By Robert Muir
When Jenny Doody began at The Free Press 30 years ago, everything was written by hand and faxed through to the Yarrawonga Chronicle.
“We use computers for almost everything now,” the face of The Free Press in Corowa for all those years, Jenny Doody, said as her retirement on Friday, June 28 fast approaches.
“In the beginning there were only two on the staff, manager/advertising consultant and receptionist, then we employed a full-time journalist probably 23 years ago.
“Pam Marriott was our very first full-time journalist at the Corowa Free Press. Before Pam arrived we relied mainly on submitted editorial, and we also had local people here and in the Rutherglen area who submitted stories to the paper.
“Journalists from the Yarrawonga Chronicle came over here to cover major stories. Now we have a full-time journalist and an advertising consultant.”
For the first few years Jenny worked casual/part-time. But she has been full-time for about 26 years, until last year “when I cut my hours back to 24 a week, transitioning into retirement!”.
Administration duties, receptionist work, preparing classified advertisements, undertaking commercial printing, answering telephones – Jenny handled it all and in a most capable manner.
“You get to meet some interesting people when you work in the newspaper industry; some have amazing stories to tell,” she said.
“I have loved my job; on the most part the people who I have worked with have been great. The regular clients throughout the years have become friends.
“I also thank the Loughnan family who have been supportive of me over the years, from Noel and Pat, Aaron and now Jared, a fellow North Melbourne supporter.”
Jenny said she has worked with “some amazing people”, including journalists who have moved on to bigger newspapers, or have used the training they received to specialize in other forms of media.
“Also the advertising consultants,” she said. “In this position you need to work well together to get the paper out on time and if you don’t have a good working relationship then the paper suffers.”
With Jenny’s departure from The Free Press, there will be some regrets. “I will miss working with Dale (Pegg), we have had a really good relationship both personally and professionally over the years. She keeps coming back!” Jenny said.
“I will miss the people who call in to get a paper or photocopying done and stay for a chat.
“I will also miss the people I work with from both offices, Rhys (Williams) our new journalist who is fitting in very well, the girls in the Yarra office.”
Dale said it has been a privilege working alongside Jenny. “Her wealth of knowledge has helped me navigate my job role and the friendship we’ve built throughout our time together has been a true highlight for me.
“I wish her all the best in her retirement, but I’ve requested that she pop into visit daily, because her presence here will be sorely missed.”
Managing Director Jared Loughnan said Jenny will be missed by all, both staff and clients.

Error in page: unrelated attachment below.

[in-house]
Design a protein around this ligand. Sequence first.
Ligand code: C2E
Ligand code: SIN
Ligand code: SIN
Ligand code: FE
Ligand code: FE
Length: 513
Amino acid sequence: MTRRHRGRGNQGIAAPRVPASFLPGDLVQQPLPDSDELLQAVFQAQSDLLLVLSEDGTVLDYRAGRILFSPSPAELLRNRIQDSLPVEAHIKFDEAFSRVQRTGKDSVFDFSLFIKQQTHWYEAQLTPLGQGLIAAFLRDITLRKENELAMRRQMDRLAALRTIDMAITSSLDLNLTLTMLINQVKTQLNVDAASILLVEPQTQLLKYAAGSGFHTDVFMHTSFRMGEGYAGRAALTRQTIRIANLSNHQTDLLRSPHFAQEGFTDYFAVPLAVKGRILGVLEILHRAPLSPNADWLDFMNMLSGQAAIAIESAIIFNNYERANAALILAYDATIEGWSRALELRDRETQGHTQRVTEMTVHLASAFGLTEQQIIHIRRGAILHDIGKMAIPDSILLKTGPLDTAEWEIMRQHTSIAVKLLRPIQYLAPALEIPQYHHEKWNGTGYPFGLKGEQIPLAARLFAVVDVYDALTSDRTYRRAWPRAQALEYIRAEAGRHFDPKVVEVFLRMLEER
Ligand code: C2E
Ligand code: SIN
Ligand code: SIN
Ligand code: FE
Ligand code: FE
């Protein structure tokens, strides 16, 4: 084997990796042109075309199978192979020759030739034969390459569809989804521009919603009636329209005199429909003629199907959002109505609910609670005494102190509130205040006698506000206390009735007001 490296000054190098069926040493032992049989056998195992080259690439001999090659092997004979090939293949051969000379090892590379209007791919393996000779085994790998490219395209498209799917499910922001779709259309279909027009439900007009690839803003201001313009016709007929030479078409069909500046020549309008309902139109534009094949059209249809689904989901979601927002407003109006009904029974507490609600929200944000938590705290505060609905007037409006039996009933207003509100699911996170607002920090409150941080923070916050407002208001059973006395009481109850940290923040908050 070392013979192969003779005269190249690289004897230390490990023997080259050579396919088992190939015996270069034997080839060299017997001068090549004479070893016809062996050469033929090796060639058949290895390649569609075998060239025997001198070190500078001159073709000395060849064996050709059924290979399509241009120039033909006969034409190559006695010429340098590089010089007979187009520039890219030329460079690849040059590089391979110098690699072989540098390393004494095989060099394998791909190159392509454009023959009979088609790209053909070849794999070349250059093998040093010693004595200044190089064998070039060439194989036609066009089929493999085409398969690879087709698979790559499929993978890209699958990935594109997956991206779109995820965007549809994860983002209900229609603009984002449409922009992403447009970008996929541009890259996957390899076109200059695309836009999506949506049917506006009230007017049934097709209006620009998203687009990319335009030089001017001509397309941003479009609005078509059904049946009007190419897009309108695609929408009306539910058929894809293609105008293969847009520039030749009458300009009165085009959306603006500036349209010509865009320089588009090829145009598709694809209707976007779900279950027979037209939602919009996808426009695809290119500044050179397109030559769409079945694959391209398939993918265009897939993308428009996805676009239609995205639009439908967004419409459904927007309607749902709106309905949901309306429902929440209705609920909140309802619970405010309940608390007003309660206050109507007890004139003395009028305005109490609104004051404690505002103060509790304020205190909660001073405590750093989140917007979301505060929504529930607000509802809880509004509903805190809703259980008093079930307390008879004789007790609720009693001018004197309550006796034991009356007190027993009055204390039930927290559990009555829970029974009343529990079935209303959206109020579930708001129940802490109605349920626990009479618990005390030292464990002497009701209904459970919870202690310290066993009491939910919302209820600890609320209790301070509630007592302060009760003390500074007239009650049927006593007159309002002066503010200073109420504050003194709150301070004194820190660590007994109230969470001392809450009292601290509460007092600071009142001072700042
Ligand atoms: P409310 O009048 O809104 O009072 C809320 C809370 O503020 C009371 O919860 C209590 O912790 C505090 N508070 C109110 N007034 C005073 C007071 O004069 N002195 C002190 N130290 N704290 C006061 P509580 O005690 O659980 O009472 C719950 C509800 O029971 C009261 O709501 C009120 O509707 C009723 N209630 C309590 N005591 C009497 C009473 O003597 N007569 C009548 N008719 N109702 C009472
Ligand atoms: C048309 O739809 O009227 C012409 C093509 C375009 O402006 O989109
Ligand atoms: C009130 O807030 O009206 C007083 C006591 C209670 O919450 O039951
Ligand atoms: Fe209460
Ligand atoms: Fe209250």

“Jenny has been a tremendous asset to the Free Press. She has overseen a lot of change in her time and guided many young journalists and advertising reps.
“We have been extremely lucky and grateful to have had Jenny in the Corowa office. Her professionalism, lovely nature and loyalty to the business has been outstanding and we wish her all the best in her retirement,” Jared said.
Former journalist with The Free Press Jason Marks remarked: “You won’t find a person who knows and loves Corowa more than Jenny Doody, she is an amazing person who puts others before herself every time.
“I was lucky enough to work alongside Jenny for a few years at the Free Press, and I loved the many chats we’d share over a coffee at the front desk. I loved talking Roos, holidays, (shared) birthdays and life with Jenny - the front desk will never be the same!
“Jenny and (husband) John deserve the best, and I hope she can put their feet up, spend more time in Noosa and chase after the grandkids as much as she pleases.”
Local businessman and record-serving mayor of the former Corowa Shire Council, Gary Poidevin, commented: ‘’Jenny’s polite and lovely nature over all those years will be missed.
“No matter what your request was, Jenny was always eager and helpful to assist you.”
Corowa identity Pat Brody described Jenny as “a wonderful, warm person”. “Nothing much fazes her. She’s so easy to talk to, she’s been a great asset to the Free Press.”
Jenny and John moved from Bendigo to Corowa in 1981 as a result of John’s appointment as manager of the old CBC Bank.
“We liked the town and people so much we decided to stay,” Jenny, who had attended Beaufort High School, said.
“Corowa has changed a lot over the last 30 years. We have everything we need in our little town, you don’t need to travel out of town anymore, it’s all here.
“We have seven grandchildren and one great grandson, so we will be able to help out a bit more during school holidays both here and in Sydney.”
Pottering around the house and garden, walking and reading are among the retiring 66-year-old’s other favourite pastimes.
Jenny very much deserves extra time to attend to those favourite non-office related, tasks.